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Global Study on Small-Scale Fisheries to Provide Vital Knowledge, Recognizes U.N. Food Report
The Illuminating Hidden Harvests study will provide critical knowledge and information on small-scale fisheries globally, informing the way forward for sustainable development of the sector.
This vital contribution of the study, due out in late 2020, was acknowledged in the United Nations Special Rapporteur on the Right to Food report released on January 25, 2019.
The study will make headway toward identifying "the specific needs of small-scale inland and capture fisheries," which are often overlooked in policy. The diverse and dispersed nature of small-scale fisheries makes it hard to quantify their contributions, which in turn reinforces their hidden (unreported) and marginalized position in policy at national, regional, and global scales.
Illuminating Hidden Harvests (IHH) is a collaborative study between Duke University's Nicholas Institute for Environmental Policy Solutions and Nicholas School of the Environment, the Food and Agriculture Organization of the U.N. (FAO), and WorldFish. The study will assess the diverse contributions and drivers of change of small-scale fisheries globally, encompassing harvest and post-harvest activities.
Through a greater understanding of small-scale fisheries, the U.N. report says IHH will "promote policies and programmes that enable them to build resilience in the face of dual challenges from globalization and climate change." This is critical to ensuring that small-scale fisheries—which employ 90 percent of fishers worldwide, most of them in developing countries—are developed in a productive, sustainable, and equitable way.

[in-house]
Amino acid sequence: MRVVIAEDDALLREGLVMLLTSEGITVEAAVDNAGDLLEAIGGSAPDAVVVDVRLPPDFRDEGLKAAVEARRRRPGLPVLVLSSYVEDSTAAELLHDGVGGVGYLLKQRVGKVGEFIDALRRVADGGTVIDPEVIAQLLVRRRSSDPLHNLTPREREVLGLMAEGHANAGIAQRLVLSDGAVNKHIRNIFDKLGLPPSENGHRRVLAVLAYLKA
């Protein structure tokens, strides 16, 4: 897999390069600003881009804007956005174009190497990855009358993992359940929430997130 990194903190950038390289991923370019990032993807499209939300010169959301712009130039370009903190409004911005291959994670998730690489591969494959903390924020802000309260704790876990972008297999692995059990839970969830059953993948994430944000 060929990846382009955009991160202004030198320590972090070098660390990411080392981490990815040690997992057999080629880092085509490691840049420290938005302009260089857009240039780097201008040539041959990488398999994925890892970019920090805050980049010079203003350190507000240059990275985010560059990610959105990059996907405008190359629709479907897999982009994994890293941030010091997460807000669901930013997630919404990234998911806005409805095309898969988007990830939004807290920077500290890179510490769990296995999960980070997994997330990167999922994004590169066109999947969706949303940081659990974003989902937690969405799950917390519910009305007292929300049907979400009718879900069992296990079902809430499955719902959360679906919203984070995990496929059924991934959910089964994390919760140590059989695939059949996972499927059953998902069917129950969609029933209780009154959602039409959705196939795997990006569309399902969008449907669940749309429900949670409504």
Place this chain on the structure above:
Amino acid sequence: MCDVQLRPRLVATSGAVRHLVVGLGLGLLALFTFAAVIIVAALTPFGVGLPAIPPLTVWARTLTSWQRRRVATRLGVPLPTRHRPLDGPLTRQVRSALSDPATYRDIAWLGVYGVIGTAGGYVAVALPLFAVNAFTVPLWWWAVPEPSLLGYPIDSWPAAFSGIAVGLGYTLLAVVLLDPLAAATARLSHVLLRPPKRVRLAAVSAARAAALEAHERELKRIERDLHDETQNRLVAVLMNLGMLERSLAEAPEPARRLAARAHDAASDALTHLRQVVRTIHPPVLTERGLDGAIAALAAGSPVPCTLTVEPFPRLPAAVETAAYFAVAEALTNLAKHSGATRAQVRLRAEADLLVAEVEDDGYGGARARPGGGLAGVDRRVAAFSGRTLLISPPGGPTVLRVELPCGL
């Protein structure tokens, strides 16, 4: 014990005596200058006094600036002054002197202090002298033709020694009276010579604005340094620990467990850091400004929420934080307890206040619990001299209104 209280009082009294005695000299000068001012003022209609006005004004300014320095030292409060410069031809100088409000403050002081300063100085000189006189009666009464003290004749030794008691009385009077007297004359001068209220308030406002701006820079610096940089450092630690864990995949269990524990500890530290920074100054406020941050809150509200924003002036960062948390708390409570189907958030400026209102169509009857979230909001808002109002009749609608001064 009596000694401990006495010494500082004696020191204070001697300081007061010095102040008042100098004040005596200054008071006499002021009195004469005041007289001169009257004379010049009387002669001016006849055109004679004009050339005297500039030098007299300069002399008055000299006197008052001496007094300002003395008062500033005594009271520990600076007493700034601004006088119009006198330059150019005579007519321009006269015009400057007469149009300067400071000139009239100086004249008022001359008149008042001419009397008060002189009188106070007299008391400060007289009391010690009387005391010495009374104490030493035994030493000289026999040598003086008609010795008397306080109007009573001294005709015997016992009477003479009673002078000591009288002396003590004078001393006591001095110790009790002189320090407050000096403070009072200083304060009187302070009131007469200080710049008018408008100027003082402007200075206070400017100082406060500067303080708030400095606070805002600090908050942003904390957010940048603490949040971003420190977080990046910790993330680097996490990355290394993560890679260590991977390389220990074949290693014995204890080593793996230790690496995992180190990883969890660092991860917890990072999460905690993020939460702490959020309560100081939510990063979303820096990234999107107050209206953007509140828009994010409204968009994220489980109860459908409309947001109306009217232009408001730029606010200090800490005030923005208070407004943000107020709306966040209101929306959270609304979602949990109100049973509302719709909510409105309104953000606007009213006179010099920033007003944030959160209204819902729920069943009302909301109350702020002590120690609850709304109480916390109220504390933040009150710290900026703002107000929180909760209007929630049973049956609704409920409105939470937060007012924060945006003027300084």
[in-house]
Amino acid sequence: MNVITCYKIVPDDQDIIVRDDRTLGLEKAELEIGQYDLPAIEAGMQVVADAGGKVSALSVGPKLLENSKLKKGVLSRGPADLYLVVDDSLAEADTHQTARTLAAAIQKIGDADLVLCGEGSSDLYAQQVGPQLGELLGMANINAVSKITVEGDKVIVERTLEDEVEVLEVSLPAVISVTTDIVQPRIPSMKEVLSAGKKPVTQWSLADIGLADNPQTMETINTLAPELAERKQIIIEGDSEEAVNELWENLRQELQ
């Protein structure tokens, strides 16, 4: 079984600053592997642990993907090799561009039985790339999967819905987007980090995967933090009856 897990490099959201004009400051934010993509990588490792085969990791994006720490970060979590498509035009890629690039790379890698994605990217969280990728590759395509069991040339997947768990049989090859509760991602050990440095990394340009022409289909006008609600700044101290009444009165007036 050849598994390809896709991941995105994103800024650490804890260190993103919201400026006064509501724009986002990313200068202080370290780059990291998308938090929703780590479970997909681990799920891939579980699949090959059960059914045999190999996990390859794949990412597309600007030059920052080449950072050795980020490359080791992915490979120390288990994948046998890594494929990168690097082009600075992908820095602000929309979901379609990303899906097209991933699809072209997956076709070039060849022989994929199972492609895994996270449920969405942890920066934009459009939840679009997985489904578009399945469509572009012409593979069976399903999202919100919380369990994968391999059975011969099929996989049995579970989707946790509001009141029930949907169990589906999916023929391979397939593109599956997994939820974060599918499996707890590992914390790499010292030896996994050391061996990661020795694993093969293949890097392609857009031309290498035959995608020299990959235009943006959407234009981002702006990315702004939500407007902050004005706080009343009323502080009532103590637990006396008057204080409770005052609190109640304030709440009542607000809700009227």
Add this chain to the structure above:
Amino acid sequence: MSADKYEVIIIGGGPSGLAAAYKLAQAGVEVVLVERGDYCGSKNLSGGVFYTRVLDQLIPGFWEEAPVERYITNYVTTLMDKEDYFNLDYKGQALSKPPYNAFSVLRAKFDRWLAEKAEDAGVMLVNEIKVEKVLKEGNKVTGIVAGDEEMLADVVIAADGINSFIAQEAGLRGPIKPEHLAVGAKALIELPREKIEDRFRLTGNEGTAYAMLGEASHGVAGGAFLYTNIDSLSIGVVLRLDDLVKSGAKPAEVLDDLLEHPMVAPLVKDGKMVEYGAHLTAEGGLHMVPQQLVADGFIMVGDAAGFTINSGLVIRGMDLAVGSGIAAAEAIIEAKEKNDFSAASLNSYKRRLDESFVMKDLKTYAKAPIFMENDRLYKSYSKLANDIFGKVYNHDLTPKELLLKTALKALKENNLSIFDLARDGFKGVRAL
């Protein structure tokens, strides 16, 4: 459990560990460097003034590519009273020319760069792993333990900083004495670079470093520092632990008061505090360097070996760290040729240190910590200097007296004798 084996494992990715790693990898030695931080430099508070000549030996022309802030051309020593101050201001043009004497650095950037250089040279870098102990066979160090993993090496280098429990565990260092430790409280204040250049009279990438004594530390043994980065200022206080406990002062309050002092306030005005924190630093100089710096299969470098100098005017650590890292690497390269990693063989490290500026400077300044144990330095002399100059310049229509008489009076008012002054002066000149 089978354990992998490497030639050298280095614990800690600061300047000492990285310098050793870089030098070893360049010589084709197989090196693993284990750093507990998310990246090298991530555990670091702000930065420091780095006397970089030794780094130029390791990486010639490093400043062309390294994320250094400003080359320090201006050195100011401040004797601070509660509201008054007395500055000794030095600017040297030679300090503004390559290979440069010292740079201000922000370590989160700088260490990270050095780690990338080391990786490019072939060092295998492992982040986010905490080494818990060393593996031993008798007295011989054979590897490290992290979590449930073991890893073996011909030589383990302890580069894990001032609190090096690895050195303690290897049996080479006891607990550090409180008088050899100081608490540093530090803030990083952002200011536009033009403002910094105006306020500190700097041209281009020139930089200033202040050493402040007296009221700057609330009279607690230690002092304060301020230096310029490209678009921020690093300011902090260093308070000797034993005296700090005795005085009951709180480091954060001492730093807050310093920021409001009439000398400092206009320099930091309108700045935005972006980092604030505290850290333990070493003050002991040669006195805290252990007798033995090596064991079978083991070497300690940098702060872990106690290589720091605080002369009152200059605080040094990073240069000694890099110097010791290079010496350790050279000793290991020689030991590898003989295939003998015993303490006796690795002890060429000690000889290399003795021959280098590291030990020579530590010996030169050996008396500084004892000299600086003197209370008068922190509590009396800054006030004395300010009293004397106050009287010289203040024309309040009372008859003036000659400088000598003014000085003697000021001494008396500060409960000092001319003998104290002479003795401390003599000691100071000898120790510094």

The IHH study was recognized in paragraph 75 of the U.N. report, which looked at how fish workers contribute to the food and nutrition security of others and the barriers they face in accessing food themselves. This follows on from recognition of IHH in The State of World Fisheries and Aquaculture 2018 report, the biannual flagship publication of the FAO Fisheries and Aquaculture Department.
"Such mentions highlight the demand for the information that the study aims to produce, as small-scale fisheries are increasingly recognized as an activity where poverty, food security and fisheries policies strongly intersect. This is both a challenge and an enormous opportunity for policymakers," said Dr. Xavier Basurto, Associate Professor, Nicholas School of the Environment, and a member of the IHH core team.
The IHH study is expected to be "the most extensive compilation to date of the available information on the diverse contributions of small-scale fisheries to communities and countries around the world," says the U.N. report. This will help to fill critical knowledge gaps on small-scale fisheries, particularly around their economic, environmental, social, and governance contributions.
Coastal fish stocks are being depleted due to industrial fishing, marine pollution and climate change, the U.N. food report highlights. These pressures often have negative impacts, such as forcing "small-scale fishing communities further from shore, often without adequate equipment."
The IHH study will help to highlight such drivers of change for national marine and inland small-scale fisheries and, in turn, provide policy-relevant understandings. Critically, this will support implementation of the Voluntary Guidelines for Securing Sustainable Small-Scale Fisheries and efforts to achieve the sustainable development goals.